Whether you’re buying, selling or inheriting real estate, it’s important to be familiar with Florida real estate laws. Most people don’t realize what a massive impact the law can have on your home or investment properties, which is why it’s always a good idea to work with a lawyer. Two of the most important types of real estate law are the homestead and adverse possession laws in Miami, FL. Here’s how they could affect your property.
Florida homestead laws
Homestead laws are designed to protect people in the event of economic change—you can declare a limited portion of your property as “off limits” to creditors. These laws help ensure that a homeowner won’t become homeless if their income changes or they file for bankruptcy.
Florida Statute §196.031 and Const. Art. X, §4 codify these homestead laws. This is one of the most generous homestead laws in the country: there’s no economic limit to the property you can protect, although there are some acreage limitations. In a municipality, you’re limited to half an acre; in rural areas you’re limited to 160 acres.
However, the homestead laws aren’t a silver bullet against all creditors. There are four ways that creditors can force a sale of real estate to repay them:
- Property taxes: The state of Florida and its municipalities can force a sale of a property in order to pay past-due property taxes.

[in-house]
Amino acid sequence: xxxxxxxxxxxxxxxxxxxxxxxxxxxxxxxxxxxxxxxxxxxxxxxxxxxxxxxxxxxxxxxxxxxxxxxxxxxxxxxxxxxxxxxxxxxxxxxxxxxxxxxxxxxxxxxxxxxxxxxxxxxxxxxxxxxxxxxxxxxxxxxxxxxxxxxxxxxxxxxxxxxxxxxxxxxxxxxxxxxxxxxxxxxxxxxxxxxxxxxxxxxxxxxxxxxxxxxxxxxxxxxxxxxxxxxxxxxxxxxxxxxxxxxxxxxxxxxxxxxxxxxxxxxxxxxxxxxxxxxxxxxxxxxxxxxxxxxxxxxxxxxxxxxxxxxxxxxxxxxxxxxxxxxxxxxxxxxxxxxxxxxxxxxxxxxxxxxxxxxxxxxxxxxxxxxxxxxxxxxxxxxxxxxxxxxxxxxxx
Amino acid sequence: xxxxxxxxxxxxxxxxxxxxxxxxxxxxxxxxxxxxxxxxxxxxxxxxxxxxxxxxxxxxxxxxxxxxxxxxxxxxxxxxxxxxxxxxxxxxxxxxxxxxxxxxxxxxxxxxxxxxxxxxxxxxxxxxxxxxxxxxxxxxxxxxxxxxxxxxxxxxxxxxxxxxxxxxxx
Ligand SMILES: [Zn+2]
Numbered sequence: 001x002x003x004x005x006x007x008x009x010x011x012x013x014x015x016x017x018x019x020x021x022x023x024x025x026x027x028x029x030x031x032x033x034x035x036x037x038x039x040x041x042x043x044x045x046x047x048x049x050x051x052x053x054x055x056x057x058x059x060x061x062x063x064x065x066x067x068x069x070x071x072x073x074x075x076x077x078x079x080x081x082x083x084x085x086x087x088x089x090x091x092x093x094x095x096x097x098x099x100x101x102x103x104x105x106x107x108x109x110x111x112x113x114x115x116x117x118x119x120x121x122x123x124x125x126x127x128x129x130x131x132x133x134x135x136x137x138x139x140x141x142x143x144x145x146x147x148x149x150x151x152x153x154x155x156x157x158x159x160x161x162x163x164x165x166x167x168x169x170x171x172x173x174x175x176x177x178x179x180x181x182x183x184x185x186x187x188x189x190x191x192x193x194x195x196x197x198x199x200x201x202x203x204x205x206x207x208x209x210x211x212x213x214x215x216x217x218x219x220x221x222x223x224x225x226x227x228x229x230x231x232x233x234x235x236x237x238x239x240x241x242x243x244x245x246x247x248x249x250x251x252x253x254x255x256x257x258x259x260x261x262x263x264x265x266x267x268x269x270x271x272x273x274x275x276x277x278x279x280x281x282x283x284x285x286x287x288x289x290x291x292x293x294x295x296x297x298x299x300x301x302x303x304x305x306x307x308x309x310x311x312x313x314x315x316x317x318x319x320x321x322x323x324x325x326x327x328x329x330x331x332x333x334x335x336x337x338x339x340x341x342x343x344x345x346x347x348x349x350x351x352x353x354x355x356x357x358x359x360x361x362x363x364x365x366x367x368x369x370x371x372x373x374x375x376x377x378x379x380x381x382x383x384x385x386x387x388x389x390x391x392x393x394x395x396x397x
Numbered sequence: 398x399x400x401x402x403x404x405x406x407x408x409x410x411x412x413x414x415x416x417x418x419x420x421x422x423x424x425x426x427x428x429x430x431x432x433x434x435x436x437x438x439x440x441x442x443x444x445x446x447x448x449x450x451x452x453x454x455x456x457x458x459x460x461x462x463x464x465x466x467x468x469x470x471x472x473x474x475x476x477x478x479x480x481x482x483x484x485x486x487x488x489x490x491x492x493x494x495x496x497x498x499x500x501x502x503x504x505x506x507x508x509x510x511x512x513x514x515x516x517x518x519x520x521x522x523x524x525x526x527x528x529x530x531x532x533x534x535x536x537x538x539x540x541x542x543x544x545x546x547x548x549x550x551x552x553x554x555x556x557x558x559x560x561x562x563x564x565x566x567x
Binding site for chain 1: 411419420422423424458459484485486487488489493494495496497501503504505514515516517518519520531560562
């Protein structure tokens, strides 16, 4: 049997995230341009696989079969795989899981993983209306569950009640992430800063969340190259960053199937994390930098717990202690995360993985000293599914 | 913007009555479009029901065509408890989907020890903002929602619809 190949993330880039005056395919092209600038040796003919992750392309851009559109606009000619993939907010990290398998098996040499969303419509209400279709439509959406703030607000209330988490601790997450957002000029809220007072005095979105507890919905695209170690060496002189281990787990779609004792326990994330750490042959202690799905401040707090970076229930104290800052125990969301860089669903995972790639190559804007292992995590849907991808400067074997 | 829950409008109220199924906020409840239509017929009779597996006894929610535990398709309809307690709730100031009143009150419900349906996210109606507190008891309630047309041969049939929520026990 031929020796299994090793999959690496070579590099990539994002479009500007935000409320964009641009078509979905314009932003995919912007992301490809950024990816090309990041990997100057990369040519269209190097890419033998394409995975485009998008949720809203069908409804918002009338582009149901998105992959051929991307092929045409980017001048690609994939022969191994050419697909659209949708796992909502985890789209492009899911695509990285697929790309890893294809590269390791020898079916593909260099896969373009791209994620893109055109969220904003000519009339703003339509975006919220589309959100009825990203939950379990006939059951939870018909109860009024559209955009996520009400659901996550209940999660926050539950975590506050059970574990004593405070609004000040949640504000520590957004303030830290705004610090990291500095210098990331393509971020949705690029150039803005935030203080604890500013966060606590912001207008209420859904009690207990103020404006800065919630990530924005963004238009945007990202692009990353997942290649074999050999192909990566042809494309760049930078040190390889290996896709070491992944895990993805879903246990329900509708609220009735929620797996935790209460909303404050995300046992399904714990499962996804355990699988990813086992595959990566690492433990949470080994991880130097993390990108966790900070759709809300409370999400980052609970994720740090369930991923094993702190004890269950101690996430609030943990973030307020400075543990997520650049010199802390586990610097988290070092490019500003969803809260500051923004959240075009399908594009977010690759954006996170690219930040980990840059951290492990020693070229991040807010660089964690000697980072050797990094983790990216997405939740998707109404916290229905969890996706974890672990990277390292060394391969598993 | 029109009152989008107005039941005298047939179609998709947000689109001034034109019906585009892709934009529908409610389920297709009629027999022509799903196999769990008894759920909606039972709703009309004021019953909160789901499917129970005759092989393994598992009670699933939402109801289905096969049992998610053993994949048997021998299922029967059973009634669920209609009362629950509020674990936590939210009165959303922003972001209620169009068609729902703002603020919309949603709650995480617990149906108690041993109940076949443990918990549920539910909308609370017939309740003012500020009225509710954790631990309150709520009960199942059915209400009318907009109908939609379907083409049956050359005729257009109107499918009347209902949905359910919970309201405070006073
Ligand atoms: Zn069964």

- Mortgage collateral: If you specifically used the property as collateral for a mortgage, the lender can force a sale to repay them.
- Repairs and improvements: Have you failed to pay contractors, builders or mechanics who performed repairs and improvements on your land? They can force a sale for repayment, too.
- Pre-existing liens: If you have a pre-existing lien from a creditor, from before you registered your property as a homestead, they can also force a sale.
Ask your attorney how to register your property as a Florida homestead.
Florida adverse possession laws
Adverse possession isn’t just the stuff of first-year law student nightmares: it can be a nightmare for property owners, too. The law basically states that when a person moves on to a property and makes improvements, they can be granted title to that land after a certain period of time—even if it was never legally theirs. In Florida, adverse possession can only happen after seven years, and “under color of title” or with payment of property taxes.
Four elements must be satisfied before someone can claim adverse possession:
- Hostile possession: The person can either occupy the land (not realizing it’s private property), be aware of the trespass or make an honest mistake, like relying on an incorrect deed.
- Actual possession: The trespasser must treat the land as their own.
- Open and notorious: The possession must be obvious to others.
- Exclusive and continuous: The possession must be for the full seven years, unbroken, and without sharing with other parties.
If you’re dealing with Florida homestead laws or adverse possession in Miami, FL, call Ruben J. Padron, PA for assistance.
Categorised in: Real Estate Attorney